Fitness Together® Experts Offer Advice on How to Get in Shape for the Running Season
Highlands Ranch, Colo. (April 22, 2015) -- The first signs of spring are popping up along roadsides, trails and nature paths. Walkers and runners are out in growing numbers getting ready for the marathon and 5K running season. To help prepare athletes and avoid injury, the personal trainers at Fitness Together®, one of nation's largest one-on-one and small group personal physical fitness training franchises, are offering the best tips on conditioning and nutrition.
"Running is great, but if you are only running, it's bad for you body," says Erin Mellinger, owner of four Fitness Together locations in Ohio. "Weight training and cardio, along with gradual conditioning will help you avoid injury, exhaustion and fatigue."
Fitness Together trainers get lots of clients this time of year who want to get in shape for a marathon or 5K race. For some, who are already runners, it's to take them to the next level in speed and endurance. For others, it's the realization of a goal to run their first long distance race.
Depending on the level of fitness, the trainers recommend that runners start training at least eight to 12 weeks before a race progressively increasing their workout and then tapering back their runs as they get closer to a race. Resistance training using weights and bands is important to balance the body. Running is one forward movement, so it is necessary to keep the body dynamic, strengthening all of the body's muscle groups, particularly the back and rear muscles which aren't as strong as the front.
"Cardio shouldn't just be about running fast and long distance," adds Mellinger. "You want to shake things up, incorporating lighter runs and interval training, where you run hard for a minute and then walk for a minute. Biking and swimming are also good cardio workouts when you are in training."
Warm-ups before a race are also important. Stacy Adams owns a Fitness Together studio in Central Georgetown. She recommends dynamic movement before a race.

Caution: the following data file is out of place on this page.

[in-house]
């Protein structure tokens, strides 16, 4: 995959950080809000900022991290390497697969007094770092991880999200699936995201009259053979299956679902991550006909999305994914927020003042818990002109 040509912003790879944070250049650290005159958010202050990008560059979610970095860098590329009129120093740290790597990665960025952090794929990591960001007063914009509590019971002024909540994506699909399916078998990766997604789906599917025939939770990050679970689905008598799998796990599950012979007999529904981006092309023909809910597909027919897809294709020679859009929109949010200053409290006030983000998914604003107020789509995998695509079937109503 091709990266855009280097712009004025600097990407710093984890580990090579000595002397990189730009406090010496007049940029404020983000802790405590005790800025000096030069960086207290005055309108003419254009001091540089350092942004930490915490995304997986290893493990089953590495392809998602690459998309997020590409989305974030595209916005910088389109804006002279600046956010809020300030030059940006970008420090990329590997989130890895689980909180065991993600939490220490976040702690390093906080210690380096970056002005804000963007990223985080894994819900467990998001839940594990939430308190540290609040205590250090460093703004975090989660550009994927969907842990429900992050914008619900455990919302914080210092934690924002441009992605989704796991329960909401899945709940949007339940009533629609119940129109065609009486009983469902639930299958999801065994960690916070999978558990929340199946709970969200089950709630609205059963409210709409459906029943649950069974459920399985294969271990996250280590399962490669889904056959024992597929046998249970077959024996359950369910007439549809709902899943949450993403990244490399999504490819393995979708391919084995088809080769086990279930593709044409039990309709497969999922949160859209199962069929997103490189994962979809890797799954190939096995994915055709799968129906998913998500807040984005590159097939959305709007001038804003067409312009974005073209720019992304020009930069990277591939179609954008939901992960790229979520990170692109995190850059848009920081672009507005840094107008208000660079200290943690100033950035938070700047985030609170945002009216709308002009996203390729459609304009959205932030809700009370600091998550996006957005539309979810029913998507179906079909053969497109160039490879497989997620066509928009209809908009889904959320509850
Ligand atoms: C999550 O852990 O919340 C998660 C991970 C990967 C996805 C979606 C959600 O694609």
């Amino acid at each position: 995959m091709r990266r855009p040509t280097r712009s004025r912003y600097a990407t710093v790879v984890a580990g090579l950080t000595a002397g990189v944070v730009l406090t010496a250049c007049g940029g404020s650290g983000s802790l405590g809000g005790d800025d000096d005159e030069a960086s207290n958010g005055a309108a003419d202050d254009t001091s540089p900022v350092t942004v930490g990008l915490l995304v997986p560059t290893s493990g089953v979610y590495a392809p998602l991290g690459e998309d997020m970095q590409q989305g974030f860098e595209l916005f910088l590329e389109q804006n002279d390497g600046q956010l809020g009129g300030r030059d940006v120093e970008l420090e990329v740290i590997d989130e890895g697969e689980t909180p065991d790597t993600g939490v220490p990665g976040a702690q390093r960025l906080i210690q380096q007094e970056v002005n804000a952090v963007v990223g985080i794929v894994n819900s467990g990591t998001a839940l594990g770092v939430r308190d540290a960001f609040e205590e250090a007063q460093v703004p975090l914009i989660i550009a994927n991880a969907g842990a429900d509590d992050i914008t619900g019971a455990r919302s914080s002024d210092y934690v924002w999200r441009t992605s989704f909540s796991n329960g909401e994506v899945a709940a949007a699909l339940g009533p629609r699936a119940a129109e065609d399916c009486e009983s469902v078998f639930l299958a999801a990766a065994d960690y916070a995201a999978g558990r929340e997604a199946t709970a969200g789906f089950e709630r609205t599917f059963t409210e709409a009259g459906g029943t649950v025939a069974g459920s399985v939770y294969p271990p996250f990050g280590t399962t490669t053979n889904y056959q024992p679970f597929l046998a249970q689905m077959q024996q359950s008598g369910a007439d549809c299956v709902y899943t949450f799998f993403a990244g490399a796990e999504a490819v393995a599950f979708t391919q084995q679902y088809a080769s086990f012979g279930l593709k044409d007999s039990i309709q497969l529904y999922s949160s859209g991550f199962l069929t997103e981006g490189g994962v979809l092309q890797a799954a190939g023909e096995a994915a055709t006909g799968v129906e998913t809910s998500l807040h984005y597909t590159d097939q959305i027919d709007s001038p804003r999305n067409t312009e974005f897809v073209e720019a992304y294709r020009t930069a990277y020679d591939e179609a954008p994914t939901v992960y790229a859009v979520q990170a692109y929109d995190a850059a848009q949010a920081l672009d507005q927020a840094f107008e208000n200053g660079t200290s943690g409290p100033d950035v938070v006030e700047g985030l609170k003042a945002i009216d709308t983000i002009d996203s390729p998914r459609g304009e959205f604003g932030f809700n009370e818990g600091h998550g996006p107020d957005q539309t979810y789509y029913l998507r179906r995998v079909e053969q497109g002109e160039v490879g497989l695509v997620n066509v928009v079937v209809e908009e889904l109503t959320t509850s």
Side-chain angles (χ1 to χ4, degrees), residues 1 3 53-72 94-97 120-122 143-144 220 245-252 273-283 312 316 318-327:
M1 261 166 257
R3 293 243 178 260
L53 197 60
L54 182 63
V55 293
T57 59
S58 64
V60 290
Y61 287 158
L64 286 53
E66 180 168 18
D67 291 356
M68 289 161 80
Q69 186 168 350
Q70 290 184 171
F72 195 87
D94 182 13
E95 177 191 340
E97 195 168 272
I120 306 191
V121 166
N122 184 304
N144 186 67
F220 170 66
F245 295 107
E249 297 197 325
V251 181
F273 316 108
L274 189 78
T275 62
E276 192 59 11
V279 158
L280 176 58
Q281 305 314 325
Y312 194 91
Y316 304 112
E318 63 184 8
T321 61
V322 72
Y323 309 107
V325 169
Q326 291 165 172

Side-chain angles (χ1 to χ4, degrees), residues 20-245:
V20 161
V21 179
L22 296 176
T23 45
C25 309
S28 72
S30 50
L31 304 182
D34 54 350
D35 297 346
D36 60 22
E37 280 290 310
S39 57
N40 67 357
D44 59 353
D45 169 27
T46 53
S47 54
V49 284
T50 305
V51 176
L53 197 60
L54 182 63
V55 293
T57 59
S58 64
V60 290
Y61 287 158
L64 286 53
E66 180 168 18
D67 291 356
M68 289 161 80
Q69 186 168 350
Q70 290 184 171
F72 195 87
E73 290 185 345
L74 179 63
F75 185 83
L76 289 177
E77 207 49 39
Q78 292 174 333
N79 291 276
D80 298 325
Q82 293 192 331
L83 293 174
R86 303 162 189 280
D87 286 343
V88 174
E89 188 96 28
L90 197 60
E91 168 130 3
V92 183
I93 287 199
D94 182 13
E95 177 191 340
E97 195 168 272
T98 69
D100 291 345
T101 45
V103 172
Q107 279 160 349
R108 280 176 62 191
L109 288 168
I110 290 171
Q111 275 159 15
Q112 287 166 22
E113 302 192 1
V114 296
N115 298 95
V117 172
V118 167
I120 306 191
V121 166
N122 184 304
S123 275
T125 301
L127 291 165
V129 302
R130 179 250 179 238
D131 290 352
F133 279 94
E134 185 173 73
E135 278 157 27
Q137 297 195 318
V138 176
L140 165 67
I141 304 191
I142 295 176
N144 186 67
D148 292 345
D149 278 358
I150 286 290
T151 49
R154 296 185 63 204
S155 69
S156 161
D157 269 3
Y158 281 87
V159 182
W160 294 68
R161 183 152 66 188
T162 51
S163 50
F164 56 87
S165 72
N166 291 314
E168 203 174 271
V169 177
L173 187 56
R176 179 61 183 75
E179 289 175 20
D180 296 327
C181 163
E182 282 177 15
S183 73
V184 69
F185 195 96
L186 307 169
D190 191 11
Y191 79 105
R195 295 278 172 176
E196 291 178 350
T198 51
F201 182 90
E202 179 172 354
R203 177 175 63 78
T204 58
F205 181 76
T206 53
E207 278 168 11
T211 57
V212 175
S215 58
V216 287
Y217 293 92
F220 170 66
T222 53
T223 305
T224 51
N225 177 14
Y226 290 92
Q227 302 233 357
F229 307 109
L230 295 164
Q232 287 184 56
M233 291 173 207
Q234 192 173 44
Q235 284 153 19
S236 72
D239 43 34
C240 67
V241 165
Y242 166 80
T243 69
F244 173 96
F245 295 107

"You don't want be static in your warm ups," says Adams. "Hip flexes and extensions, jumping jacks, along with lateral swings, toe touches, squats and walking quad and hamstring stretches are all good for getting adequate blood flow to your major muscle groups five to 10 minutes before a race."
Mellinger also sees a lot of runners foam rolling these days, using the foam roller to loosen muscles as a form of massage. She encourages runners to take five to 10 minutes after a race to stretch out the muscles and to rest one to two days after the race to help those sore muscles recover.
Nutrition and plenty of hydration is also critical to training for a race. Adams advocates fueling activity with 50 percent carbohydrates, 30 percent protein and 20 percent fat.
"You want to eat whole grains, brown rice and quinoa for carbs, along with lean meats, fish and egg whites. Avocados, nuts and olive oil are healthy fats to include in your diet."
In the weeks leading up to a race, runners should be drinking water that is half their body weight in ounces. Hydration keeps athletes from experiencing fluid loss, helps them maintain performance and reduces heat stress and cramping. Water is great for shorter races, but for longer races, like a marathon, runners may want to consider sports drinks during the run. And, according to Mellinger, chocolate milk is great for your muscles after a race.
"Chocolate milk after a race has become increasingly popular because the fast and slow digesting proteins in milk help sore muscles recover faster."
The key takeaways from fitness trainers is proper conditioning and diet when preparing for a race. A personal trainer can help educate and motivate athletes based on their individual goals. but it is not imperative. With the right training and nutrition, however, athletes can avoid and at the very least, limit the risk for injury and improve their chances of making it the finish line.
ABOUT WELLBIZ BRANDS, INC.
WellBiz Brands, Inc. is headquartered in Highlands Ranch, Colorado and is one of the largest health and wellness companies in the United States. The company owns three separate franchise entities: Fitness Together Franchise Corporation, which franchises one-on-one and small group personal fitness training studios, Elements Therapeutic Massage, Inc., which franchises massage studios, providing custom therapeutic massage to meet clients’ individual needs, and Fit 36, Inc., which franchises high intensity interval training studios, with workouts done as a group.
Fitness Together Franchise Corporation began franchising in 1996 and has approximately 175 Fitness Together® locations across the United States. Elements Therapeutic Massage, Inc. began franchising in 2006 and has approximately 200 Elements Massage™ locations in 32 states. Fit 36, Inc. began franchising in 2014 and has a single FIT36™ location in downtown Denver, Colorado.
For more information about Fitness Together®, visit FitnessTogether.com. For more information about Elements Massage™, visit ElementsMassage.com. For more information on FIT36™ visit FIT36fitness.com.